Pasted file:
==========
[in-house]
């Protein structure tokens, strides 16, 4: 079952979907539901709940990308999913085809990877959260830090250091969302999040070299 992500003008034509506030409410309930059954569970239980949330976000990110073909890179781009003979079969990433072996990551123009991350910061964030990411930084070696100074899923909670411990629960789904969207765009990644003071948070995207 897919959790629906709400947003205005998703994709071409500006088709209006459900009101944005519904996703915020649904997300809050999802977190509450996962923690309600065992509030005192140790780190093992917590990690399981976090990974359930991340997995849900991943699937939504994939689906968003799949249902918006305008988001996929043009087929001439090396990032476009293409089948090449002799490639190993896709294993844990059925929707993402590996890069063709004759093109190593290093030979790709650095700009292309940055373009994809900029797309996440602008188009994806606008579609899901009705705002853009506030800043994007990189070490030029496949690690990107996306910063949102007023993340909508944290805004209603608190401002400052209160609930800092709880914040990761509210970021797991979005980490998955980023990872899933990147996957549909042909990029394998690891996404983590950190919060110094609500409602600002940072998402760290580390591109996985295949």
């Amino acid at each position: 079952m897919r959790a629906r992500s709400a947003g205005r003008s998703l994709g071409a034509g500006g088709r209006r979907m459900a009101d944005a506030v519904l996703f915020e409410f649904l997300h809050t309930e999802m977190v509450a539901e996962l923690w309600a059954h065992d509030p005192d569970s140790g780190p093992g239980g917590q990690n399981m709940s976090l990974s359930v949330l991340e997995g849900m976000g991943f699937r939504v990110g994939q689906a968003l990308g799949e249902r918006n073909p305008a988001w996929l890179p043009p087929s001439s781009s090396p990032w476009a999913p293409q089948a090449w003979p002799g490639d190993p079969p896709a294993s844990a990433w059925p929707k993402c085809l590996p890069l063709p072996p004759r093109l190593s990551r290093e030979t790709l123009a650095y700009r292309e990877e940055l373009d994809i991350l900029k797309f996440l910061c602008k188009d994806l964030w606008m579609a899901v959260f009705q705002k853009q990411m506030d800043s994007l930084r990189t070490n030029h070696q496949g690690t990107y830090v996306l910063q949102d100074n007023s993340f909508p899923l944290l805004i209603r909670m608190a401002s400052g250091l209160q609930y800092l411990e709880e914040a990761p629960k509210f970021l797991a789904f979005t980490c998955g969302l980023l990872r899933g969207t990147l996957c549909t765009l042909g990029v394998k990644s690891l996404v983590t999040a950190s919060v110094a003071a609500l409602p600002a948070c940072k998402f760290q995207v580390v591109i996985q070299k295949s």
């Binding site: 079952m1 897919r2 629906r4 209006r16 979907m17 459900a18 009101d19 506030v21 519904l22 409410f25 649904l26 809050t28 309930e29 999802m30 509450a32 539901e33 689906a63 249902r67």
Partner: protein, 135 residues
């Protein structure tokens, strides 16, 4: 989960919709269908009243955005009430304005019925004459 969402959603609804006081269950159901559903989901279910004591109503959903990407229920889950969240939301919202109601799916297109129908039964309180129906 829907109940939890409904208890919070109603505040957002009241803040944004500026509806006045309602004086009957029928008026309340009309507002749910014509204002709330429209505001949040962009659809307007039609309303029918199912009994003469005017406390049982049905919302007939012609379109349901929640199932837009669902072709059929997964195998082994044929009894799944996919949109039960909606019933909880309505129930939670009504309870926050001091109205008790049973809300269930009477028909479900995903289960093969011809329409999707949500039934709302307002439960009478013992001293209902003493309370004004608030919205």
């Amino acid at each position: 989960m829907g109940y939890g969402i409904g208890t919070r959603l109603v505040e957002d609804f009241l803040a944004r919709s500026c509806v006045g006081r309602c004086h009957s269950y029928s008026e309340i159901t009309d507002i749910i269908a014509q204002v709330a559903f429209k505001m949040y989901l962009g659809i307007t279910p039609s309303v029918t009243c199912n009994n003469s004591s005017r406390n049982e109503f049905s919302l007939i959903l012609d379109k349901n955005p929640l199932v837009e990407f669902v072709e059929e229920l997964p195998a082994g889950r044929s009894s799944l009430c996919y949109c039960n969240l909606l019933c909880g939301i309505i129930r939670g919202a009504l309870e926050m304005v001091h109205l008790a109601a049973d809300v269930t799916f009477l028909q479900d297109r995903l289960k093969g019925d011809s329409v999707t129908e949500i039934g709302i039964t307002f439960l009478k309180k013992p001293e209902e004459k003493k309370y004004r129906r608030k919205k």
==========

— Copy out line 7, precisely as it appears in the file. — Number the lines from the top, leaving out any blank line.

């Amino acid at each position: 989960m829907g109940y939890g969402i409904g208890t919070r959603l109603v505040e957002d609804f009241l803040a944004r919709s500026c509806v006045g006081r309602c004086h009957s269950y029928s008026e309340i159901t009309d507002i749910i269908a014509q204002v709330a559903f429209k505001m949040y989901l962009g659809i307007t279910p039609s309303v029918t009243c199912n009994n003469s004591s005017r406390n049982e109503f049905s919302l007939i959903l012609d379109k349901n955005p929640l199932v837009e990407f669902v072709e059929e229920l997964p195998a082994g889950r044929s009894s799944l009430c996919y949109c039960n969240l909606l019933c909880g939301i309505i129930r939670g919202a009504l309870e926050m304005v001091h109205l008790a109601a049973d809300v269930t799916f009477l028909q479900d297109r995903l289960k093969g019925d011809s329409v999707t129908e949500i039934g709302i039964t307002f439960l009478k309180k013992p001293e209902e004459k003493k309370y004004r129906r608030k919205k």